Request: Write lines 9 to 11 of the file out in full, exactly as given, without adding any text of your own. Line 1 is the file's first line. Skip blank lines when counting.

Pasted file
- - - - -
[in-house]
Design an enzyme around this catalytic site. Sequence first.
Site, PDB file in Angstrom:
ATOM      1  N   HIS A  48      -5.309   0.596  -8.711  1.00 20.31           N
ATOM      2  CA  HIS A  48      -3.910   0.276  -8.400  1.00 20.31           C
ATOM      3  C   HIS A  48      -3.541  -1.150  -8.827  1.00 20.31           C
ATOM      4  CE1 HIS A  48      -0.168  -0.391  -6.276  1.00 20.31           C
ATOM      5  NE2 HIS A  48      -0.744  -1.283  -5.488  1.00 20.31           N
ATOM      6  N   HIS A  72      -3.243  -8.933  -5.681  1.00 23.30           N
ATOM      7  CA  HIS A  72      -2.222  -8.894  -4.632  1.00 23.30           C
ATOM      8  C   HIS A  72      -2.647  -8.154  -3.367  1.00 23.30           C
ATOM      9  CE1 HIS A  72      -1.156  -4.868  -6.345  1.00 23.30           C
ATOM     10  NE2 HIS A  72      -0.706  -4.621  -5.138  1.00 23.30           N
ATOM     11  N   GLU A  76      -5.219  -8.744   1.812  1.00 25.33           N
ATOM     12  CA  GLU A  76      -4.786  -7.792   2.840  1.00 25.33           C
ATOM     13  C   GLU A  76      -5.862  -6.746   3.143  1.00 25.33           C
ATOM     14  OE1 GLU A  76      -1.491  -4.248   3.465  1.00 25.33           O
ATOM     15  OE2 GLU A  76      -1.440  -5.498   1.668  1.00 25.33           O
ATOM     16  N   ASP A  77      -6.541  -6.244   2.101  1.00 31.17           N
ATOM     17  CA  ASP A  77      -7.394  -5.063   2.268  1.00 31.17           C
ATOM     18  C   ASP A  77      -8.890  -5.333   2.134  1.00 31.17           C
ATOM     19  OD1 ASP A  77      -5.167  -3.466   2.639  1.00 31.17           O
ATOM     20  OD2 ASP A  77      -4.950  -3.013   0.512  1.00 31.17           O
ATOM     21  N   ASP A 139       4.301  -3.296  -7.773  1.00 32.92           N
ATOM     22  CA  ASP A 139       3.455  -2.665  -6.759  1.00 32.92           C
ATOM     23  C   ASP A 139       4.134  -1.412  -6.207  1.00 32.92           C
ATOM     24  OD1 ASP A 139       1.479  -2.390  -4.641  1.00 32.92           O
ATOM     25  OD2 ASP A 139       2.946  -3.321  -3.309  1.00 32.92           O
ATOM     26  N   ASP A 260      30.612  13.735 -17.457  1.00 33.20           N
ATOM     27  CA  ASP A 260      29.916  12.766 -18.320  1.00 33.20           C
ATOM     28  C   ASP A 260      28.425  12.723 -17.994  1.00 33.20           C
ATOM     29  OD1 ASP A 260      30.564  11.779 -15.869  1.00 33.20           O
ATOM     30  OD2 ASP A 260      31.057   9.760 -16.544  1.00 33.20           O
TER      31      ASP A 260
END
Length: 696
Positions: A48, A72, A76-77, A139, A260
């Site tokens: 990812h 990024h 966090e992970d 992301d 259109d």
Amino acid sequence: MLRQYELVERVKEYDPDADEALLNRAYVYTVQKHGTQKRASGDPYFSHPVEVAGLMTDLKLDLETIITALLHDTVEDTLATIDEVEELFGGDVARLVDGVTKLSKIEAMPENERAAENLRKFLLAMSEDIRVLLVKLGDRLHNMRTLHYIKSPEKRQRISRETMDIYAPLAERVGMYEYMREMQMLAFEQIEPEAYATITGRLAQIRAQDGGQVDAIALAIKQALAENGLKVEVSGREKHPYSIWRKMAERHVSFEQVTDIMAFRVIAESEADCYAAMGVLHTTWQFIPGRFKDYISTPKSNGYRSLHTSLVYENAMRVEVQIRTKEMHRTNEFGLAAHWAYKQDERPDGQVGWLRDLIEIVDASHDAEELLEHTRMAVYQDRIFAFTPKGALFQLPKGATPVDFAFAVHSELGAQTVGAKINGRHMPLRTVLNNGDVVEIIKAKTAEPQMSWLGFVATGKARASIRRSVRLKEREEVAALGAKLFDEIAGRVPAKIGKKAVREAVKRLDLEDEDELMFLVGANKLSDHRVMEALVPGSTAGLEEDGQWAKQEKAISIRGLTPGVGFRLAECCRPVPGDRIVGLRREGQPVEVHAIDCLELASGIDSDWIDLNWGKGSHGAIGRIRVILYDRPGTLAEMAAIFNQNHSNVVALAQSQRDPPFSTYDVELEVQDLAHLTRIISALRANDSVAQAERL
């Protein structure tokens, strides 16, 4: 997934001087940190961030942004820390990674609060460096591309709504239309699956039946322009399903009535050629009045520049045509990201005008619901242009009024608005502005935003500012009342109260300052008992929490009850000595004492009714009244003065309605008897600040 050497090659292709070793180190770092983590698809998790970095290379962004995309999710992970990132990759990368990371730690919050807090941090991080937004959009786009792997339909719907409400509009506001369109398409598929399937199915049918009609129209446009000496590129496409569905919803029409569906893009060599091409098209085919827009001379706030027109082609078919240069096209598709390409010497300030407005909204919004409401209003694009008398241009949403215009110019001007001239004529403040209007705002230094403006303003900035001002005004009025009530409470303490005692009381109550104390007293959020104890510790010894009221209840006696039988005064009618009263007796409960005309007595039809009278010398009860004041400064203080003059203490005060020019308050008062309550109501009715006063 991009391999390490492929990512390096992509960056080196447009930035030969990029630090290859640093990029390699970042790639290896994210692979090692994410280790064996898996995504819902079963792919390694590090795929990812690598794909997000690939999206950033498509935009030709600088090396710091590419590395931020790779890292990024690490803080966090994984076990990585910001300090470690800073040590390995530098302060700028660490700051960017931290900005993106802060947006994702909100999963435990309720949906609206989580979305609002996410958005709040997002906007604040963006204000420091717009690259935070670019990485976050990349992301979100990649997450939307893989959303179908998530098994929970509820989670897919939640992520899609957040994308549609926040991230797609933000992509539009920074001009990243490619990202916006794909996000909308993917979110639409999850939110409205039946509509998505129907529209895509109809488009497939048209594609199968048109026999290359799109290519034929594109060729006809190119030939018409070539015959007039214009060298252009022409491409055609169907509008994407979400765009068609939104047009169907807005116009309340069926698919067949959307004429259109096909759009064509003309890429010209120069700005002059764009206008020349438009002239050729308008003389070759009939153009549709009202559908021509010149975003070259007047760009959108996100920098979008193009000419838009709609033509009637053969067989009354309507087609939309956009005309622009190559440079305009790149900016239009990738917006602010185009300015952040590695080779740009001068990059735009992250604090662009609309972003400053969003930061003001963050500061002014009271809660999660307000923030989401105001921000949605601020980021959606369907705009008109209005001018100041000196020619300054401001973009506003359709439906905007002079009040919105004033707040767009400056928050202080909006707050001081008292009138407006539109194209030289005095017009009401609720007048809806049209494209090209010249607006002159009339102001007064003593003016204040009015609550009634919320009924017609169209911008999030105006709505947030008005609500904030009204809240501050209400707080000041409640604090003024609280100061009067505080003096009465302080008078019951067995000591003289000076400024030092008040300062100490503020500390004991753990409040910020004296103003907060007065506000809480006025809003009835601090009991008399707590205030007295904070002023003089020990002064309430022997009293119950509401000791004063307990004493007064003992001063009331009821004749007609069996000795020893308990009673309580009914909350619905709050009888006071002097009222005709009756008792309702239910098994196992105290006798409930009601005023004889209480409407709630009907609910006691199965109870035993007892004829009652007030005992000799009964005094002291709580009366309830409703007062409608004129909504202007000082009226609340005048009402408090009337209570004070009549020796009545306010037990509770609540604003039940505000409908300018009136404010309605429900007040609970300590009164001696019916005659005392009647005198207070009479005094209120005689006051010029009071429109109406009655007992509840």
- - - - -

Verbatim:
ATOM      6  N   HIS A  72      -3.243  -8.933  -5.681  1.00 23.30           N
ATOM      7  CA  HIS A  72      -2.222  -8.894  -4.632  1.00 23.30           C
ATOM      8  C   HIS A  72      -2.647  -8.154  -3.367  1.00 23.30           C